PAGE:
KING: It may not be a critique. It may be just a fact. FLOWERS: Yes, I do believe she's an enabler. But I hesitate to say anything negative about Hillary because I was the other woman that caused a lot of pain in that marriage.

KING: Do you think they'll ever divorce?

FLOWERS: I have no idea.

KING: He talked about her a lot, did he? What do you make about that relationship? What do you read it as? Obviously it has problems. What are its pluses?

FLOWERS: I think that Bill and Hillary Clinton have a very special relationship and I think in very many ways to them it's a very satisfying relationship. I think that it's a mutual respect with a goal of power to achieve, maintain power. And I think that they have been good partners in that. I think they have problems today, but I think that they certainly have accomplished a number of goals together.

KING: How do -- you could only imagine how they're dealing with this pain, right?


KING: Do you think it's tough for the president or do you think...


KING: Because of the public embarrassment.

FLOWERS: Yes. I think he hates that he got caught.

KING: That's what he's mad at?

FLOWERS: I think so, yes.

KING: No at being with an intern?

FLOWERS: He should be ashamed of himself for doing that, but I believe that he's more upset because he got caught.

KING: But it's not just keeping score, is it? For example, after you broke off the relationship and you got engaged, he kept in touch with you, right, as a friend?

FLOWERS: He did. He did that.

KING: So let's discuss some of the pluses here. He's bright. He cares. Does he care -- he didn't treat you like property, did he?

FLOWERS: Absolutely not. He treated me with a tremendous amount of respect. He loved my ideas and goals. He was proud of me for being an independent, liberated woman. He was -- he himself was very ambitious. He had a lot of integrity. He had goals as well. And I admired him a great deal. My love -- I know -- not only loved Bill Clinton but I respected him back then.

KING: Even though it was -- you know he was having an affair out of his marriage.


KING: You loved him that much?

FLOWERS: I loved him that much.

KING: You would have married him?

FLOWERS: There was a time I would have married him. I am very grateful at this point that I didn't. I have a wonderful husband that I feel like will be faithful to me.

KING: Do you think Bill is very angry at you? What do you think? You haven't talked to him.

FLOWERS: I have not talked with him. I think that Bill did what he had to do to survive. And I think he knows that I have done what I have had to do to survive.

KING: So you're not shocked at his original denial and then saying only once?

FLOWERS: No, because I keep hearing in my ears the old Arkansas phrase of the good old boys, are you going to believe me or your lying eyes? You know, I knew that Bill did what he had to do. It didn't make me feel better. It didn't hurt any me any less, didn't devastate my life any less. But I knew that he was doing what he thought he had to do to survive.

KING: Is there kind of a perverse double feeling you have going on. One, you knew him; you loved him; got to feel sorry for him, on the other hand you have been proven right. So what do you do with that balance of diversity?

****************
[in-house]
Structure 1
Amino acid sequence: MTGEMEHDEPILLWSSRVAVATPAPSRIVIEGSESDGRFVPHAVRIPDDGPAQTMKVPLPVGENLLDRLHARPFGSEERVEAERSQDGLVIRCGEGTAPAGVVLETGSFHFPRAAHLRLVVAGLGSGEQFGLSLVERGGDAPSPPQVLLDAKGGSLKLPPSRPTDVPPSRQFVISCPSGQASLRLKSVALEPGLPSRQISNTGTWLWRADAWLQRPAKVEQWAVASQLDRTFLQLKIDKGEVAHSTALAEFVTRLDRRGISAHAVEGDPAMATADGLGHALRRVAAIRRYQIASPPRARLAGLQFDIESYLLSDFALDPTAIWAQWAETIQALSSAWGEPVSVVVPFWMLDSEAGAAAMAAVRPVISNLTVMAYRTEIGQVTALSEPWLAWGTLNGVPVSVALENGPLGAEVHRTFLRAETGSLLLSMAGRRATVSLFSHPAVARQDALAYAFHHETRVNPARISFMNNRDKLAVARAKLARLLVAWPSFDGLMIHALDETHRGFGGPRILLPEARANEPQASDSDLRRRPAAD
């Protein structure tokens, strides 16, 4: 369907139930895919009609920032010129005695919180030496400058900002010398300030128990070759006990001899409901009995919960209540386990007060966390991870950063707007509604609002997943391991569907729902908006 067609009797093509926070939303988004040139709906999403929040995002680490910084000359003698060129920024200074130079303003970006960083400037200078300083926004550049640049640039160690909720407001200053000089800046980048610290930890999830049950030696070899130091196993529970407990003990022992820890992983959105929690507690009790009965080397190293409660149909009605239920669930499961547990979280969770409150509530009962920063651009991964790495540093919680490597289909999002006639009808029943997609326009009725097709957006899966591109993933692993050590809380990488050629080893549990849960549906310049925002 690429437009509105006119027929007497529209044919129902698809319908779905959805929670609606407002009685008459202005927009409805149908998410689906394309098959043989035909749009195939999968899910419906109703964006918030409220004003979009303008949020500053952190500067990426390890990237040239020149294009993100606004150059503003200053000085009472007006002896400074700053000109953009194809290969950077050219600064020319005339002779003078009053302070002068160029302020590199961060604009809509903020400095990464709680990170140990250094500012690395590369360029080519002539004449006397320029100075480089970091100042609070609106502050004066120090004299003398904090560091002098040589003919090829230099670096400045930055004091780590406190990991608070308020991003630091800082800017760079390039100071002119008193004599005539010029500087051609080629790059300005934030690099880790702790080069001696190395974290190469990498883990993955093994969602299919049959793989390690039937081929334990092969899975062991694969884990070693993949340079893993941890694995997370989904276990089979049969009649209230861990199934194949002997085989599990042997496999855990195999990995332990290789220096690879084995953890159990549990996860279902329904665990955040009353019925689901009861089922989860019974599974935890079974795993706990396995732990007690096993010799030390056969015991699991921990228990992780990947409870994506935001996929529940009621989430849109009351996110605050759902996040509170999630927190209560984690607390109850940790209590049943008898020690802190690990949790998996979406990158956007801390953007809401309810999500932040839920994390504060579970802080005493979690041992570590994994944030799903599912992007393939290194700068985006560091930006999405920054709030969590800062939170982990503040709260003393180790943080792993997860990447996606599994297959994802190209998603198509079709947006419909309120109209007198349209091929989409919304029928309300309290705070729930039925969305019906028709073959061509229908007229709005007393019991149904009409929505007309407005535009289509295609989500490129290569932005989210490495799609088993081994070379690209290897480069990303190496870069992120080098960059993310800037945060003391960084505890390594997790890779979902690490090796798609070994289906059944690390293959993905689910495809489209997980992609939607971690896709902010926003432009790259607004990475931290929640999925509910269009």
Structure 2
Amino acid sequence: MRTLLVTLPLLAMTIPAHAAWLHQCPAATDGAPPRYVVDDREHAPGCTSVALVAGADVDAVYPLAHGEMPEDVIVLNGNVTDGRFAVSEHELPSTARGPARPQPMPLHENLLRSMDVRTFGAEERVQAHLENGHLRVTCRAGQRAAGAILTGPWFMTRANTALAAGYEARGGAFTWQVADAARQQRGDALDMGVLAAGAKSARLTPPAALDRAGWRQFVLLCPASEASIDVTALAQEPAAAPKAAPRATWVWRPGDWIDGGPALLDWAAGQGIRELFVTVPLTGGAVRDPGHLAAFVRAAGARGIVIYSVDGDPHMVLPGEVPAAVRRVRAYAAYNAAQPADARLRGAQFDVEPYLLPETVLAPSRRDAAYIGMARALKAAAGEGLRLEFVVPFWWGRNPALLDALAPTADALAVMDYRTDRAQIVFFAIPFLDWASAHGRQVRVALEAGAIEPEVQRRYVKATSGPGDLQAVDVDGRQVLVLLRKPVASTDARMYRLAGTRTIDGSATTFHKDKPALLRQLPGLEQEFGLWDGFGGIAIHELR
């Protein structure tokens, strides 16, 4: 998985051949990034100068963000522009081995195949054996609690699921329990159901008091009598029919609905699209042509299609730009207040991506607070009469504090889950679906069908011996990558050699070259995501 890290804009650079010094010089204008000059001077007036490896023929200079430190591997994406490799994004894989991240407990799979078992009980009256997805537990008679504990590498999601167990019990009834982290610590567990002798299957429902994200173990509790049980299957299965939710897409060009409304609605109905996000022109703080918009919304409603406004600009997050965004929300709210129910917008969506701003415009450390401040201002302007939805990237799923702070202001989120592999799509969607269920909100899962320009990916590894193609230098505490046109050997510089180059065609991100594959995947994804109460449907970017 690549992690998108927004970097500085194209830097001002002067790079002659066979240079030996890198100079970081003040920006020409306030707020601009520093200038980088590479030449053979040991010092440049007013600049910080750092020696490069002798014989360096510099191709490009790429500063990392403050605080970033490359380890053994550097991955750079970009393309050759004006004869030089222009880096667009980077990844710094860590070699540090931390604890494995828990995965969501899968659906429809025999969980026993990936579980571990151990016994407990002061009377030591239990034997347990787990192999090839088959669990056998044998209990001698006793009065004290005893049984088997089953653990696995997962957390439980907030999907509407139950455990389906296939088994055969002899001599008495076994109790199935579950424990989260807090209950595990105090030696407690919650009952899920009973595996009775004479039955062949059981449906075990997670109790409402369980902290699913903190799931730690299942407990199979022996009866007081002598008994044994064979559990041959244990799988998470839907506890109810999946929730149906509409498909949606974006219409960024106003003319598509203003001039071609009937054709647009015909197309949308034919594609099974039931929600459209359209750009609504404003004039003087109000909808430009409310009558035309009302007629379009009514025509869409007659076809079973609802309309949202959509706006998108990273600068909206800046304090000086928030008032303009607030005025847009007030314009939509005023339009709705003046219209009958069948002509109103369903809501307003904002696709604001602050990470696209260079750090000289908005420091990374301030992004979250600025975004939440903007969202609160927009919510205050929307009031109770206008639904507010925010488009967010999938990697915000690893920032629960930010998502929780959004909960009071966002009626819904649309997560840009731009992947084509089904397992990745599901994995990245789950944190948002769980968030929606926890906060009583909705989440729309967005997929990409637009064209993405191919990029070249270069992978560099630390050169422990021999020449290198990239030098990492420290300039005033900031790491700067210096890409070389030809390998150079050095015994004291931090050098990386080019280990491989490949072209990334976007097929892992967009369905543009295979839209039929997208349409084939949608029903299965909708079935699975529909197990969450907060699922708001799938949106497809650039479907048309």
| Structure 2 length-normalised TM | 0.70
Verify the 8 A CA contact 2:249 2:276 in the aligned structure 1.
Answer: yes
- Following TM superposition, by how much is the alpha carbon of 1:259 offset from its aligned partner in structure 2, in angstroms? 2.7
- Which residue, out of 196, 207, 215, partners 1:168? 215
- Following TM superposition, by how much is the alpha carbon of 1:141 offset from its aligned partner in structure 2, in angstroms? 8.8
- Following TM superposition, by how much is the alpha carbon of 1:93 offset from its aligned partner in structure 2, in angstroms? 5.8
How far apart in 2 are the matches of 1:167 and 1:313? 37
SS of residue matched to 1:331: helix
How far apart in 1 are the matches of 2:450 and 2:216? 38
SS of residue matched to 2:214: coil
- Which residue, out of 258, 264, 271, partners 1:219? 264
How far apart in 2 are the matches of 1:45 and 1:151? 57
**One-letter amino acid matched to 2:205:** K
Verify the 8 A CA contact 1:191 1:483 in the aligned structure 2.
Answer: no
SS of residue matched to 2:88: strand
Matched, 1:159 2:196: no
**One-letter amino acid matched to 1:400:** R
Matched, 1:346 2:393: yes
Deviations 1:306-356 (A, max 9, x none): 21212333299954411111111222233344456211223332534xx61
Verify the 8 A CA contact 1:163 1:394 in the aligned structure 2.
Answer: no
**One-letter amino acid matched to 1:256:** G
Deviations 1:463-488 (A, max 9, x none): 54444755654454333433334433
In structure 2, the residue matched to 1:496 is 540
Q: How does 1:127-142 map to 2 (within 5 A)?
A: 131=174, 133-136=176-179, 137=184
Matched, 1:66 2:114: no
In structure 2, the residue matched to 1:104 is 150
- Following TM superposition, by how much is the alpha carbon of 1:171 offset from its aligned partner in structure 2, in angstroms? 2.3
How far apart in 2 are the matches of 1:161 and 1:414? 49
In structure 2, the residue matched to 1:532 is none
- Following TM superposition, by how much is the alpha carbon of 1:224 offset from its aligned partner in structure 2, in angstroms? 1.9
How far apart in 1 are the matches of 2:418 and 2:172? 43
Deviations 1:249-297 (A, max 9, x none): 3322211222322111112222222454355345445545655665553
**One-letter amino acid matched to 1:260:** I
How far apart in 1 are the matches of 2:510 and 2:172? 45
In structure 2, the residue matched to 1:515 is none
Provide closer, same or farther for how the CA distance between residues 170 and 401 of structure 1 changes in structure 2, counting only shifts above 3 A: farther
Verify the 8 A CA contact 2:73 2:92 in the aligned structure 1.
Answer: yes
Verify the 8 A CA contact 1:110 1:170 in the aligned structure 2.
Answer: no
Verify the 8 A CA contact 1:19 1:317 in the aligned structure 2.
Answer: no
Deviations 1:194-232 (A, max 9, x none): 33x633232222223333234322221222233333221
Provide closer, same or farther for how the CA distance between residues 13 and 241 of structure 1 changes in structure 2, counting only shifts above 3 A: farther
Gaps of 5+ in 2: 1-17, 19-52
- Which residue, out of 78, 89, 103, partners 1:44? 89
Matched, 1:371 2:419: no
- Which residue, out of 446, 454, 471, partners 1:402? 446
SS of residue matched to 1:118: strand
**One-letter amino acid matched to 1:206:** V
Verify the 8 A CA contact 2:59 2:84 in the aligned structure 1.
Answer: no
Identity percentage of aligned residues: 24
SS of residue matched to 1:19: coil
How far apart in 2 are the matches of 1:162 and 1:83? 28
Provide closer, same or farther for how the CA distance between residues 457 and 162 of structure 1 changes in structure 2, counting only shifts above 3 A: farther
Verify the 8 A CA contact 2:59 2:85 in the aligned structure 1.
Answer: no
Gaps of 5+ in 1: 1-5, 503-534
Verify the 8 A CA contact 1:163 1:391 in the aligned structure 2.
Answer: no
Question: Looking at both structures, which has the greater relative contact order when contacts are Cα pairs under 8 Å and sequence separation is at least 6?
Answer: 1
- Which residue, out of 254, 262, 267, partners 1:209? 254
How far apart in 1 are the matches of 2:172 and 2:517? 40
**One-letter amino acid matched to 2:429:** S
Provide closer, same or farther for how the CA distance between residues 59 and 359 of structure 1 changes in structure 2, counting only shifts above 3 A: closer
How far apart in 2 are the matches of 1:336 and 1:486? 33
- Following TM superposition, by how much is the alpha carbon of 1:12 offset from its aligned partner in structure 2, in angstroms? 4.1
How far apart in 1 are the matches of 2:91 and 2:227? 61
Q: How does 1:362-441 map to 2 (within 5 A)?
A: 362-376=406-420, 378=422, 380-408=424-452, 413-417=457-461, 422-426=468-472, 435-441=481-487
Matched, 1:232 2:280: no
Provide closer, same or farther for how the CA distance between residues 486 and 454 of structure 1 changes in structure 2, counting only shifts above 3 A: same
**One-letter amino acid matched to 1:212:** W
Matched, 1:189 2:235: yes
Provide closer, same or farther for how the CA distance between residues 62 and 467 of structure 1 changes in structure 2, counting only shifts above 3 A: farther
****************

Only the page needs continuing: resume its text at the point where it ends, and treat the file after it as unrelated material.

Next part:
FLOWERS: You're very perceptive, I must say, because you're exactly right. I have all of those feelings.

KING: See, I told you. You have got to have an I-told-you feeling. But at the same time you loved this guy.

FLOWERS: Larry, I know him as well as anyone on this earth knows this man. I know him. I know him very well. That's why I have been able to predict various things that have come to pass. I am not pleased they have come to pass.

KING: You wish -- hoped you would have been wrong?

FLOWERS: I would loved to have been wrong for the sake, for his sake, for my sake and for the sake of the American public.

KING: Do you think it could happen again?

FLOWERS: Oh, gosh. I think that if they continue to stay married they could have problems.

KING: If someone is an alcoholic you can't guarantee they're not going to drink tomorrow.

FLOWERS: That's very true. And I don't know. I would like to think that it wouldn't happen again while he's still in office. I think we have had enough. I think even he realizes that even though his base of support has been maintained to some degree that I just don't -- he could not survive that.

KING: Did you vote for him.

FLOWERS: I didn't.

KING: We'll come back with Gennifer Flowers. We'll take some calls. We're going to talk to you about what she's doing with her life. Don't go away.



W. CLINTON: They said that this sort of thing could be published in a newspaper like the "Star," that says Martians walk on the earth, you'd never ask me if Martians walk on the earth. I mean I think it's just -- this whole thing is amazing and very, very sad, but there's nothing to be done about it. There's a lot of money out there today for stories like this, and she got some of it. That's all I can tell you.



KING: To Houston, Texas, hello?

CALLER: Yes. This is a question for Gennifer Flowers.

KING: Sure.

CALLER: Three or four months ago, she was on "Geraldo" and said that was going to be her last interview regarding Bill Clinton. I'd like to know why she's doing this interview and how much money she's made off of her story.

KING: You made nothing tonight. I know that.

FLOWERS: I just couldn't resist Larry. That's why I'm back on the air here. A lot of things have happened, obviously, since that show, and it was a lot -- it was several months ago, actually. It wasn't just four months ago.